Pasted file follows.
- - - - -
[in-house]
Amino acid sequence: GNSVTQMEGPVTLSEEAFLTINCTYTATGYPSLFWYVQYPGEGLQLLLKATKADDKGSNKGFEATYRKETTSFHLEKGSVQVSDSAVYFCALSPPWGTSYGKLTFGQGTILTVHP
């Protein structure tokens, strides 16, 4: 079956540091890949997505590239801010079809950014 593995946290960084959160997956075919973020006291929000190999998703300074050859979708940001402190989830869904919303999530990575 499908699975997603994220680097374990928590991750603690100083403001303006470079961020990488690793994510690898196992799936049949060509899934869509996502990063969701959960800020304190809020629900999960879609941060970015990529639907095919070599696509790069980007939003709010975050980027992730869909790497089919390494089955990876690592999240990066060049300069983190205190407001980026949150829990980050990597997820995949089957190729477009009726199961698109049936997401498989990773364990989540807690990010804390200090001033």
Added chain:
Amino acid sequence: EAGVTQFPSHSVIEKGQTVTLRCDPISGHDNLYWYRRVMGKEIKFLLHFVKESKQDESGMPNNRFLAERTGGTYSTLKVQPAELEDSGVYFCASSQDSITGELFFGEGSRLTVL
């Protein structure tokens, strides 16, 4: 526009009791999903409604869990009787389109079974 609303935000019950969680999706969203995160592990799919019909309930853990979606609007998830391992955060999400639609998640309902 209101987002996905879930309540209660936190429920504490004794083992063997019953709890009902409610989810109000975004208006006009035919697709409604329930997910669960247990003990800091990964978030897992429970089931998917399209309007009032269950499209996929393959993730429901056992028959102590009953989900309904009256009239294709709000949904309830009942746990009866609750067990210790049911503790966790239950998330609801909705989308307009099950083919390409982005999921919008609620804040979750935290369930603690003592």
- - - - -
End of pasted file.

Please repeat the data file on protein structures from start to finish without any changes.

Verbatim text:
[in-house]
Amino acid sequence: GNSVTQMEGPVTLSEEAFLTINCTYTATGYPSLFWYVQYPGEGLQLLLKATKADDKGSNKGFEATYRKETTSFHLEKGSVQVSDSAVYFCALSPPWGTSYGKLTFGQGTILTVHP
């Protein structure tokens, strides 16, 4: 079956540091890949997505590239801010079809950014 593995946290960084959160997956075919973020006291929000190999998703300074050859979708940001402190989830869904919303999530990575 499908699975997603994220680097374990928590991750603690100083403001303006470079961020990488690793994510690898196992799936049949060509899934869509996502990063969701959960800020304190809020629900999960879609941060970015990529639907095919070599696509790069980007939003709010975050980027992730869909790497089919390494089955990876690592999240990066060049300069983190205190407001980026949150829990980050990597997820995949089957190729477009009726199961698109049936997401498989990773364990989540807690990010804390200090001033």
Added chain:
Amino acid sequence: EAGVTQFPSHSVIEKGQTVTLRCDPISGHDNLYWYRRVMGKEIKFLLHFVKESKQDESGMPNNRFLAERTGGTYSTLKVQPAELEDSGVYFCASSQDSITGELFFGEGSRLTVL
């Protein structure tokens, strides 16, 4: 526009009791999903409604869990009787389109079974 609303935000019950969680999706969203995160592990799919019909309930853990979606609007998830391992955060999400639609998640309902 209101987002996905879930309540209660936190429920504490004794083992063997019953709890009902409610989810109000975004208006006009035919697709409604329930997910669960247990003990800091990964978030897992429970089931998917399209309007009032269950499209996929393959993730429901056992028959102590009953989900309904009256009239294709709000949904309830009942746990009866609750067990210790049911503790966790239950998330609801909705989308307009099950083919390409982005999921919008609620804040979750935290369930603690003592």